BRISTOL, Vt. (WCAX) Mt. Abraham Union High School officials are hoping to make the case to the community for a major renovation.
The Addison County school which serves about 600 students held an open house Wednesday to show taxpayers why they need a $35 million bond measure to pass next Thursday to pay for shoring up the facility.
"If we want a 7 - 12 school in this five-town community we have to renovate this building," said Mt. Abe Principal Jessica Barewicz.
Barewicz says the damage to the 50-year-old building is hindering student learning. "Students don't feel secure that the building is going to hold up to actually keep school running as it should be," she said.
Aside from holes in the walls and outdated class rooms, Barewicz says renovation is also needed on the things you can't see -- like the cooling and heating systems. "When they come in and they feel that impression of the building, there is little that we can do other than renovate," she said.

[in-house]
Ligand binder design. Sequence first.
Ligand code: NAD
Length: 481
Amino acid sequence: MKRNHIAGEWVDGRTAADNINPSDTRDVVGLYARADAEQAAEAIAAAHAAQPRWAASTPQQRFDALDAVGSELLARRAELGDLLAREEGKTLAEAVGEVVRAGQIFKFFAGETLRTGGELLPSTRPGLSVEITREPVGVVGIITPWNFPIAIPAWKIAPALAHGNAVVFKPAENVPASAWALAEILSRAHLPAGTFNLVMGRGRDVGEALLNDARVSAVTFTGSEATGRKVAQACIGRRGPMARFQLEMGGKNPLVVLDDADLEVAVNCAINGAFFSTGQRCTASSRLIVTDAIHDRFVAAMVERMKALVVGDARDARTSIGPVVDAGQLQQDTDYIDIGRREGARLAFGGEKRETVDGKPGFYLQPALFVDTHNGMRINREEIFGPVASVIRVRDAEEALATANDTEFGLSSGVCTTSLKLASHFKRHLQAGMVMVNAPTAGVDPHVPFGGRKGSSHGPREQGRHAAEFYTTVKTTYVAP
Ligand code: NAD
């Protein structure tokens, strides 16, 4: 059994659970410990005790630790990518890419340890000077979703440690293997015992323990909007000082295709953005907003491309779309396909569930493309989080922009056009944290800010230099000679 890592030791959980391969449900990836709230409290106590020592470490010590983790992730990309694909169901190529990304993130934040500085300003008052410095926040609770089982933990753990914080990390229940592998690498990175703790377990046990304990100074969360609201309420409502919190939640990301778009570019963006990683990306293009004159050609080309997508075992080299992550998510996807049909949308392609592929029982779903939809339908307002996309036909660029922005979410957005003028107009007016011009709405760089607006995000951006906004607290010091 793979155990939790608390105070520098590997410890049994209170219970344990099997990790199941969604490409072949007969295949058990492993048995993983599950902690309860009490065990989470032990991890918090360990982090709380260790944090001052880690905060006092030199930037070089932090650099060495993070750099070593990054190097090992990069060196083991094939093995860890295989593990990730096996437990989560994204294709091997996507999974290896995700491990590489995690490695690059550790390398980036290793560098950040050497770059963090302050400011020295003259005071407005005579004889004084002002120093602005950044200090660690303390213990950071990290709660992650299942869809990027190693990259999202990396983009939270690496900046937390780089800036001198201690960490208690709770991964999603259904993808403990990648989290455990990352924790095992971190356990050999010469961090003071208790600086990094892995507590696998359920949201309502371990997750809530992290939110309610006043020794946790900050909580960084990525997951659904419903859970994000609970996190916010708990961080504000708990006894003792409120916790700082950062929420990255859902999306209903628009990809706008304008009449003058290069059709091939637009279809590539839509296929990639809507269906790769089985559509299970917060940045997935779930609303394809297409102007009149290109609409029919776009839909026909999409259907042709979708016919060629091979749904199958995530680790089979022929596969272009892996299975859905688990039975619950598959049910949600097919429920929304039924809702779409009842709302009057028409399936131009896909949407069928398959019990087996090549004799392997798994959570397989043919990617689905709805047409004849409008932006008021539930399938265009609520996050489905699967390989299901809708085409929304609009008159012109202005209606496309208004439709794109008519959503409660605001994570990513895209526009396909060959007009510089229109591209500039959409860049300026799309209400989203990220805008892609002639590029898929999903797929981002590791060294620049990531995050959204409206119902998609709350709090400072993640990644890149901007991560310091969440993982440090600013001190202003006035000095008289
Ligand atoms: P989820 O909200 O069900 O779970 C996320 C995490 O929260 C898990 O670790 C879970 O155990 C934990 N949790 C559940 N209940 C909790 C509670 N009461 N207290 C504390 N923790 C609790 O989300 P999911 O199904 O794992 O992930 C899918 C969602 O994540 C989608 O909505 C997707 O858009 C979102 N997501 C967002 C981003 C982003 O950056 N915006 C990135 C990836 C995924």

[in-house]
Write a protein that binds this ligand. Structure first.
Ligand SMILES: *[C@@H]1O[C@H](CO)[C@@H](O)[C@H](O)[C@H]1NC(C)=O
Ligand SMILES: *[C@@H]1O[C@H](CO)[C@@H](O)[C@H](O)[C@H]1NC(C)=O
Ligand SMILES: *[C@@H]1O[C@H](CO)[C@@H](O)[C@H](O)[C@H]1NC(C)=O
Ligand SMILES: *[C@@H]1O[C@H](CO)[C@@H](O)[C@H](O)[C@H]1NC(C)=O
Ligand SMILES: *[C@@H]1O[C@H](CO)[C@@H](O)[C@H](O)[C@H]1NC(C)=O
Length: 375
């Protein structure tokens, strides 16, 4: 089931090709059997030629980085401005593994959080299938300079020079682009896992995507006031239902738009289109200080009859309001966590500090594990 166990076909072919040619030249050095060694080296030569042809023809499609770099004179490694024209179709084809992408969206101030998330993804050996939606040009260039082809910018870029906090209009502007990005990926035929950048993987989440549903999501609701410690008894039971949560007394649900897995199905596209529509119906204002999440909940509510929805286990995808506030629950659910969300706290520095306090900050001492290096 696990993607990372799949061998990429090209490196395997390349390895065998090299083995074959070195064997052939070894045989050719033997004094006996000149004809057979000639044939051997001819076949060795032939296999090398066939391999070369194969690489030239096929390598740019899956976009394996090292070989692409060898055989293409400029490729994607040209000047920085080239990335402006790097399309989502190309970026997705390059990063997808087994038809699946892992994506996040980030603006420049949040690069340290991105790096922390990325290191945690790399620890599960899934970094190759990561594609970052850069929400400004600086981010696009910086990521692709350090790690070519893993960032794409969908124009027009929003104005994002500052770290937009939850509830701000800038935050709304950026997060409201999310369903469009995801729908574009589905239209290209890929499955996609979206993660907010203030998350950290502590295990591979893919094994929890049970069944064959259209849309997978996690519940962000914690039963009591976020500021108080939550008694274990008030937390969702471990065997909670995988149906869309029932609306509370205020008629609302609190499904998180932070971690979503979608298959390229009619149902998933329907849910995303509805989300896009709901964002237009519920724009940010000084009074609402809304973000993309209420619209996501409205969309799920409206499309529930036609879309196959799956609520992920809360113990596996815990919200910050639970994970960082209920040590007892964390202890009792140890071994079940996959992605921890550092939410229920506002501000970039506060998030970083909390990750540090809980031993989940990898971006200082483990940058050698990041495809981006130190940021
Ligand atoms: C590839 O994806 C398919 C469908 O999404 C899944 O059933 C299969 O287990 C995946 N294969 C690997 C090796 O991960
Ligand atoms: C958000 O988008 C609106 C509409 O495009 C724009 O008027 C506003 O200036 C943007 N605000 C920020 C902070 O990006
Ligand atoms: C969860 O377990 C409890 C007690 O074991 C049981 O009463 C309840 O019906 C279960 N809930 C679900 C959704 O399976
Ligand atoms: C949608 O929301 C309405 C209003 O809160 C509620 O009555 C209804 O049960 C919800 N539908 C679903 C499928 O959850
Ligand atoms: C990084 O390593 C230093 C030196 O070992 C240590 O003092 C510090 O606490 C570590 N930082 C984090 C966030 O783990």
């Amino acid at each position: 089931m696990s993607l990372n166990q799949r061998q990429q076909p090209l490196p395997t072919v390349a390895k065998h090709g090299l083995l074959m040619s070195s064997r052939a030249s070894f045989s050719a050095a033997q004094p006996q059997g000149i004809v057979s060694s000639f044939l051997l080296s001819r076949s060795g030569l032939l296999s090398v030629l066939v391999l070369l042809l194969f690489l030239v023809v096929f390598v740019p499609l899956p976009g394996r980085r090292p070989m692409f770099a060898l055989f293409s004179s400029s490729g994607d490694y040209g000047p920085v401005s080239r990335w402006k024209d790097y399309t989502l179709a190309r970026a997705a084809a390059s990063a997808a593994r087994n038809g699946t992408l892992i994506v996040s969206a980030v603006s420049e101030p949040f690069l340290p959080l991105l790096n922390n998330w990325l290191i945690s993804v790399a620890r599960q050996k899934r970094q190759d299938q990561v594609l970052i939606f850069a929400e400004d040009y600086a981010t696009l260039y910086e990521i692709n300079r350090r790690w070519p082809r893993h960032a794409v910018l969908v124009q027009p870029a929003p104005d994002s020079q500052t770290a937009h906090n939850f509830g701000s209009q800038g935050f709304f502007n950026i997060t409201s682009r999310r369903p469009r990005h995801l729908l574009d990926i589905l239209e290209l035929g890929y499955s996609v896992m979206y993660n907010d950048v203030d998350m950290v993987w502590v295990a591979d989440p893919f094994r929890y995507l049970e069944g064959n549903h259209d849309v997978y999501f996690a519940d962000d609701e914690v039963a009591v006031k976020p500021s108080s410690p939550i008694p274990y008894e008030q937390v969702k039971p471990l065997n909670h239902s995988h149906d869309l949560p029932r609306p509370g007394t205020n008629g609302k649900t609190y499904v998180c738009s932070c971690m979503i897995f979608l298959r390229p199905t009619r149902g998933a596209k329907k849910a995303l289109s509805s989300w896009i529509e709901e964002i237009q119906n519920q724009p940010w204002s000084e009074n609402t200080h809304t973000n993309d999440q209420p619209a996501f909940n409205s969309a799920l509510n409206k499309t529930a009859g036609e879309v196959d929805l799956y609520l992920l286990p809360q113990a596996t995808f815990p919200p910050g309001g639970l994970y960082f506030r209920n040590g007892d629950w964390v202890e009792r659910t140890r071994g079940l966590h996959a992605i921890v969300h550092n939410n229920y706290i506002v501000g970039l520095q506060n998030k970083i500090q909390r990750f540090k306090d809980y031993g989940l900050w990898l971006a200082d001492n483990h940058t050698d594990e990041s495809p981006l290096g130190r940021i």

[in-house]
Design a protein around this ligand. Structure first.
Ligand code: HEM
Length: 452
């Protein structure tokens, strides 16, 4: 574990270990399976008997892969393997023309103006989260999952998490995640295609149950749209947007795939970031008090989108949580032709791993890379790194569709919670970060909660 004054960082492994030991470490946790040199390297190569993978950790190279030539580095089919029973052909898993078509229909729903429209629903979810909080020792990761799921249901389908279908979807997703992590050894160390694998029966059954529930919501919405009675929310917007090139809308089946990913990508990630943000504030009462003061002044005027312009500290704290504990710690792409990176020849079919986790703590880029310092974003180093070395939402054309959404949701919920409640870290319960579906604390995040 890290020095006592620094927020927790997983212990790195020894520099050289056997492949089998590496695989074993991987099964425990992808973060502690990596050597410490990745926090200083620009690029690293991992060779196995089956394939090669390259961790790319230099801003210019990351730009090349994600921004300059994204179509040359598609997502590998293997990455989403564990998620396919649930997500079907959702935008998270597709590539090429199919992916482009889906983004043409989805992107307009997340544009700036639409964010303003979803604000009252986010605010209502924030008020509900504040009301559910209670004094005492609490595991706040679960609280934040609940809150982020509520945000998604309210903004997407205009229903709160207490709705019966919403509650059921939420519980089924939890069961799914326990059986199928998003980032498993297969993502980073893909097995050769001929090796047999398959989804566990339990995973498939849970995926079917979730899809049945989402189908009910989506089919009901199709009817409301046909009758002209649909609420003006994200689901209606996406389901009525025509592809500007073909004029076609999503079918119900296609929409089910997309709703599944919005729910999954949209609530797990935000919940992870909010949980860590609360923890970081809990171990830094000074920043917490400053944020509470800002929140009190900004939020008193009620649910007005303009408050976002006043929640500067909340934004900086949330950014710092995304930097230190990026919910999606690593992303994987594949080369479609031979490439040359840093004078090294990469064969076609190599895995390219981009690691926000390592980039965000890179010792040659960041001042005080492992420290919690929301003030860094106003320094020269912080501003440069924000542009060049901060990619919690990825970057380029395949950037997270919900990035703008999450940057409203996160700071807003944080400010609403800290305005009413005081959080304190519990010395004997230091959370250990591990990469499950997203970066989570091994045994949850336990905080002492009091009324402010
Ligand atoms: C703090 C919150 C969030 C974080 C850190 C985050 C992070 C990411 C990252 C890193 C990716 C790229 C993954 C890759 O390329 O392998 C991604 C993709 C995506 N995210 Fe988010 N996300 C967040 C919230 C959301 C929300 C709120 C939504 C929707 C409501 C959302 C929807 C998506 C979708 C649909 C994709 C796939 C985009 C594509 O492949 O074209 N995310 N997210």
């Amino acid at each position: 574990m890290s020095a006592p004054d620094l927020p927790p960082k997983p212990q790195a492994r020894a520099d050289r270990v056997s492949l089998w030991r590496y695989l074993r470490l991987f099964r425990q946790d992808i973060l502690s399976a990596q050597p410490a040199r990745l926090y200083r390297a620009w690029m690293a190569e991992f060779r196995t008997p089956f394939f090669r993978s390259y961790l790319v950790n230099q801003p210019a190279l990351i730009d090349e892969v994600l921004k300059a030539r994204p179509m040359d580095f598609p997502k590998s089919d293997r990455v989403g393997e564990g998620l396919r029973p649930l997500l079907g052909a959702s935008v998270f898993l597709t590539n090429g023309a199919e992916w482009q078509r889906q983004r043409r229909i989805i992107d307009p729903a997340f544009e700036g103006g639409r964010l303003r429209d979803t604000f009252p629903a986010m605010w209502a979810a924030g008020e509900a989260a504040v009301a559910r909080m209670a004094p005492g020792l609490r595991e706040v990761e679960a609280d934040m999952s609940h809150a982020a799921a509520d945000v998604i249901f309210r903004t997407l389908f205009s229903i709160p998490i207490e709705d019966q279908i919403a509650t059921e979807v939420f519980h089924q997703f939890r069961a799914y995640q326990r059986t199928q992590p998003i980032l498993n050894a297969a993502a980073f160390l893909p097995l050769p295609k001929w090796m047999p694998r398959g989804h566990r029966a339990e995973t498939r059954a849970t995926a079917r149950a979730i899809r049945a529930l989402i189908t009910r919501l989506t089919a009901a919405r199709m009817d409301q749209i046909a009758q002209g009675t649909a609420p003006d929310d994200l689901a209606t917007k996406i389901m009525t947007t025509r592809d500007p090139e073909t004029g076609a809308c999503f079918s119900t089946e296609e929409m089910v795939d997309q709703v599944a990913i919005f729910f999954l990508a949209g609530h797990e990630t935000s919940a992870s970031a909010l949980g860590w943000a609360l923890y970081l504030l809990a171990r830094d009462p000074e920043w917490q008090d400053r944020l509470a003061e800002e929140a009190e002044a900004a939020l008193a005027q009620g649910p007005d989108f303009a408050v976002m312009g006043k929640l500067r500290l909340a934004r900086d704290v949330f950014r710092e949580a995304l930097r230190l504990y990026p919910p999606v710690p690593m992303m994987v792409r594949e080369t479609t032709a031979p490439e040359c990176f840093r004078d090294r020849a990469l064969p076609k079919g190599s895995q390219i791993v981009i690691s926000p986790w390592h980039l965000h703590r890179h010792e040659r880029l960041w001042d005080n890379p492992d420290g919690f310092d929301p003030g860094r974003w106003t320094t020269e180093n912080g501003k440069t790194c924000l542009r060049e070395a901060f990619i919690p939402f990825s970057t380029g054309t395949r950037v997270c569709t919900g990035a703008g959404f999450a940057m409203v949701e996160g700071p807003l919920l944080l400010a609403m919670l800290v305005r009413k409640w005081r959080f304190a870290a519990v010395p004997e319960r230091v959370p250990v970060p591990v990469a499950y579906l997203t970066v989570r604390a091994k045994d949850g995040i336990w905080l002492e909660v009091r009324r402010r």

This is not the first time this district has talked about a revamp. It was voted down a few years ago. This new proposal is for a $35-million bond from taxpayers. Another million will be set aside in the school budget. Addison North East Superintendent Patrick Reen says that million dollars helps ease the burden on taxpayers. "Even though the bond is more, the financial situation and the increase to taxes is less," he said.
The state no longer helps fund renovation projects like this for schools. It used to help fund 30-percent of the renovation, but that stopped 10 years and has left the state's aging schools to foot the bill. "We have a building that's well cared for and well used for 50 years, but it's showing its age and I don't think it reflects the pride the community has in its school and students," Reen said.
Community members we spoke with had mixed reactions
"There's a very big unbalance in the way the money is spent -- back to the drawing bored I say," said Barbra Ball of Bristol.
"I think the school needs to have the renovations done. Education is very important and it's time to do it," said Charles Cousino of New Haven.
If the vote doesn't pass, the principal says she's not sure what could happen after that. "There are some significant risks that scare me to think about -- having to close the doors if we have some significant issues that really disrupt school -- that's inevitable if we don't do something soon," Barewicz said.
A homeowner with a home valued at $200,000 would pay $175 more each year in property taxes if the bond passes next Thursday. The towns affected are Bristol, Lincoln, Monkton, New Haven, and Starksboro.